According to Internet Live Stats, There are approximately 1,140,022,025 websites on the internet as of January 2017. That’s a lot of competition for the average website! However, knowing how to please visitors can help your site rise above the information overload.
So how do you please people searching for a site just like yours?
It’s all about making them the center of your design process, so every decision you make for your site is customer-oriented. Here’s five of the most fundamental ways to ensure your website does just that.
Web design trends may come and go, but an uncluttered, clear website will never go out of style. Have you ever visited a website that was so busy it gave you a headache just trying to figure out what to look at first? You can avoid this with a clean, simple layout.
The keys to a clean, clear layout are:
Number four helps explains why card-based layouts have become all the rage these days: by clearly divvying content up into distinct chunks, they help clarify the relationships between content elements.
A good example of a site with a simple layout is Airbnb. The hero section pairs an inspiring tagline with a clear, direct explanation of what Airbnb can help you do, then rounds it all off with a simple form to help you start achieving your goal.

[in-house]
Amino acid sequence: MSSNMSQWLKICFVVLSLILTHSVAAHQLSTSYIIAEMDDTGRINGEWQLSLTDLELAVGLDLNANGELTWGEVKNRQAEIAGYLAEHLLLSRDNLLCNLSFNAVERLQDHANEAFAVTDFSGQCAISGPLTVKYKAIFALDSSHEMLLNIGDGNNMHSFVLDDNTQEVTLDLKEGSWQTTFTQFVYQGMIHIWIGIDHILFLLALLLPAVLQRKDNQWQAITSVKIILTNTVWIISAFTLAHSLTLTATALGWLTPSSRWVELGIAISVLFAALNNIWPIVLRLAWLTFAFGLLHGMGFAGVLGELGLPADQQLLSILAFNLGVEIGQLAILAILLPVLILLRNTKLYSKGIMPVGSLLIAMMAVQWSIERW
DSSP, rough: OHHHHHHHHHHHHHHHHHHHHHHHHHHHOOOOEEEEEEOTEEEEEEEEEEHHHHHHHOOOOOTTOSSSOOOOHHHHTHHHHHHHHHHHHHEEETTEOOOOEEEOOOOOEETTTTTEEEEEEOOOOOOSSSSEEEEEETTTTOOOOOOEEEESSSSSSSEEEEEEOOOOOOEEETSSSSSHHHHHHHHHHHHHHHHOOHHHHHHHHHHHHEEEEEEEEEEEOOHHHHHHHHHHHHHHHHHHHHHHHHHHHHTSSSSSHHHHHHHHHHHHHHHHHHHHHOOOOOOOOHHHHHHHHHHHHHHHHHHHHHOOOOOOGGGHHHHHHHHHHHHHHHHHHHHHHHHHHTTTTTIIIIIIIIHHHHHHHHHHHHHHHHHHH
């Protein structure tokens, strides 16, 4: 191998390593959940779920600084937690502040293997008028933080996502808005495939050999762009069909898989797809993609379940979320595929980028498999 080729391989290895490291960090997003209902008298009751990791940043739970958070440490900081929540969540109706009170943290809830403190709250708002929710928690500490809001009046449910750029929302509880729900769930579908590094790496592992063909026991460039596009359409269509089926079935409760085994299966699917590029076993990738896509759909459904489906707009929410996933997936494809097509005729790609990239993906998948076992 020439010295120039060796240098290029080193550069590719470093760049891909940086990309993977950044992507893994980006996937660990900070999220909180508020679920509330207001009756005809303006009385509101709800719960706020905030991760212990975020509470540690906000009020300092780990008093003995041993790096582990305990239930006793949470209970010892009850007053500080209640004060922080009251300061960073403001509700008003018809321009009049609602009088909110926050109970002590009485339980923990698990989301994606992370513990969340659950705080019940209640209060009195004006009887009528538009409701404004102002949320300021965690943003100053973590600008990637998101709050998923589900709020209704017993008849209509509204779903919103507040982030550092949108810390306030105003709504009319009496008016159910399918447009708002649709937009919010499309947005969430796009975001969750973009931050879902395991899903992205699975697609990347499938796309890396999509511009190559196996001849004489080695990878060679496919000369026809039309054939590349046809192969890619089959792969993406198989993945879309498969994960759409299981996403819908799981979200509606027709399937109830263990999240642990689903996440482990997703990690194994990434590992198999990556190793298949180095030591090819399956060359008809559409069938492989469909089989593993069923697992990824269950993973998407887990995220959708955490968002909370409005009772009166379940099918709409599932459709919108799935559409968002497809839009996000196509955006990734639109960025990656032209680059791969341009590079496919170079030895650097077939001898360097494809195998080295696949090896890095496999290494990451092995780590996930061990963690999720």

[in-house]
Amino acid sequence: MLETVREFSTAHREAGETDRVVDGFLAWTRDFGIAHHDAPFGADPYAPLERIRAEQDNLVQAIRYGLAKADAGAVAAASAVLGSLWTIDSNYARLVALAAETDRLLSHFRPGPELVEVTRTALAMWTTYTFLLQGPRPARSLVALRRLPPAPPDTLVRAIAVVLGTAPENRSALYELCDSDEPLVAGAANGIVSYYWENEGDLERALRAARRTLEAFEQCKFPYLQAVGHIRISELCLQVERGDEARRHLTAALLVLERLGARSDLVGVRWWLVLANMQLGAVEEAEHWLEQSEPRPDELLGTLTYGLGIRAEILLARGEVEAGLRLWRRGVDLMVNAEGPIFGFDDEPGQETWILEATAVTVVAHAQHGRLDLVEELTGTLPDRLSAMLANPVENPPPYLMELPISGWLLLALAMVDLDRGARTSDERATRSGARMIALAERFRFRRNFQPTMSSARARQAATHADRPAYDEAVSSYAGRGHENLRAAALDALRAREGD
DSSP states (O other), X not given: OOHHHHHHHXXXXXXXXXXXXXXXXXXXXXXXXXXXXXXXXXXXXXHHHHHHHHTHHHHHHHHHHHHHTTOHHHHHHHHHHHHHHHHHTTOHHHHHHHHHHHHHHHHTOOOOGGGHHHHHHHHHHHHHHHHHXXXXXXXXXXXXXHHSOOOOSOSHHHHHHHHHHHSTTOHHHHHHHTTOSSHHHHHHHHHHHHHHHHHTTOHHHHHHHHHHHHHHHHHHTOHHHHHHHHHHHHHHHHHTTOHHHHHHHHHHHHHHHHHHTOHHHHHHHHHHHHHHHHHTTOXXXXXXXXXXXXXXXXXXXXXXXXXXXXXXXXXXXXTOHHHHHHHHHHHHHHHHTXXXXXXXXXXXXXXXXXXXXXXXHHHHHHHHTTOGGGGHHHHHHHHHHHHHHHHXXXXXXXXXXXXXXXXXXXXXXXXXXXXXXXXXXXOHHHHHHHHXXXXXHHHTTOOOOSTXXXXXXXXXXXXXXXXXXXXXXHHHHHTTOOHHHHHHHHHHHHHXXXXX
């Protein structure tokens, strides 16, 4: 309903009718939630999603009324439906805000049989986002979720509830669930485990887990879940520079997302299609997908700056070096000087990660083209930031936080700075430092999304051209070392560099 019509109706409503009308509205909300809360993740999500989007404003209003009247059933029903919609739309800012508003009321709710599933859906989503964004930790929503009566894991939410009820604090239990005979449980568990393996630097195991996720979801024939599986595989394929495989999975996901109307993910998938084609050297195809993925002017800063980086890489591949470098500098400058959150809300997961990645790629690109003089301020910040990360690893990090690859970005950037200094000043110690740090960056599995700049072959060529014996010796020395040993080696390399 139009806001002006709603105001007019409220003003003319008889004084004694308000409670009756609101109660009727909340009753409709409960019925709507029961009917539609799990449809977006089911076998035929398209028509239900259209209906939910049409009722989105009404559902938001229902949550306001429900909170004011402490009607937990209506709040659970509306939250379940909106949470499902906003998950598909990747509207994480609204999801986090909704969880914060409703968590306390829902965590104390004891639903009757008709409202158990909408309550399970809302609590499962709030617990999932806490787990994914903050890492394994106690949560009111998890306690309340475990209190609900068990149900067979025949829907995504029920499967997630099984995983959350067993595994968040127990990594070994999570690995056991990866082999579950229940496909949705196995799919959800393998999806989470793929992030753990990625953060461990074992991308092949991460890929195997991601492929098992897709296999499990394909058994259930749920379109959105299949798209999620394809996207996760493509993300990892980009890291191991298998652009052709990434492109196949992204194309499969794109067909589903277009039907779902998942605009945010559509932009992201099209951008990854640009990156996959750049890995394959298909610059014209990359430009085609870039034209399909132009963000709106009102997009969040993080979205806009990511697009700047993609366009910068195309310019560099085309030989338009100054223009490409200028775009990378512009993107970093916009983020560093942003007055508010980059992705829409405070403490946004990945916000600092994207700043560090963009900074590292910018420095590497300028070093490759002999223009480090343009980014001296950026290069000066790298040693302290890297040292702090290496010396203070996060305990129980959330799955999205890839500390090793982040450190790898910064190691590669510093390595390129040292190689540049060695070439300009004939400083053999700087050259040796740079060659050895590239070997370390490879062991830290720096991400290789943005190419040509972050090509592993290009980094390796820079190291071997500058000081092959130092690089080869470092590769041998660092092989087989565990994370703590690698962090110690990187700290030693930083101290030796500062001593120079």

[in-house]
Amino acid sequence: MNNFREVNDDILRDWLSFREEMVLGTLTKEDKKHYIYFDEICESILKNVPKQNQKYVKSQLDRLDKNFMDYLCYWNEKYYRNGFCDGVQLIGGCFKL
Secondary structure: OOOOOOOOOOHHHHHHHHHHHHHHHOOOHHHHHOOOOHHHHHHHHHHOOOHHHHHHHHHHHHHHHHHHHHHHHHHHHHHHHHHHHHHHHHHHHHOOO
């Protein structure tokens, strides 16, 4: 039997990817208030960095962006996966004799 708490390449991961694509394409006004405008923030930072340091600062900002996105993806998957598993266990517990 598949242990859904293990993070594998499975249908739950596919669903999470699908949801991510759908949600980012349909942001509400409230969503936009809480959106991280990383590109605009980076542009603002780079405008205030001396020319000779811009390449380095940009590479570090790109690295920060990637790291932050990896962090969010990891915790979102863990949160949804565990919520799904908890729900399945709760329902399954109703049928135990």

By breaking everything into its own block, Airbnb’s designers keep the page uncluttered and easy to navigate. This is particularly effective for a site with a lot of content to sort through. You can make finding the right information even easier with search tools and robust filters.
Keep your layout simple so your content takes centerstage. If your site visitors can scan your content quickly, they’ll be more likely to find what they need — and less likely to bounce.
There are many benefits to A/B testing, including improving your content, increasing conversion rates, and making your site “stickier.”
Experimenting with landing pages allows you to try different layouts, images, text, and calls to action to figure out which ones speak to your particular audience. You won’t have to guess with solid data from your test pages.
Greats, a shoes website, features a strong landing page. The page is simple, with a near-fullscreen slider highlighting two of their core products. Both the navigation and the rest of the page focus on giving you quick access to the types of shoes you’re looking to buy — which is the one action they definitely want you to take.
Don’t be afraid to make more than one landing page, then test them and see which one speaks most strongly to your audience. And keep in mind that this isn’t just about finding the “one and only” resonant message — chances are, you’ll be able to appeal to multiple different segments of your audience by targeting landing pages to their specific needs.
For A/B tests based on simple changes, you can integrate Optimizely with your Webflow site.
Master the fundamental concepts of web design, including typography, color theory, visual design, and so much more.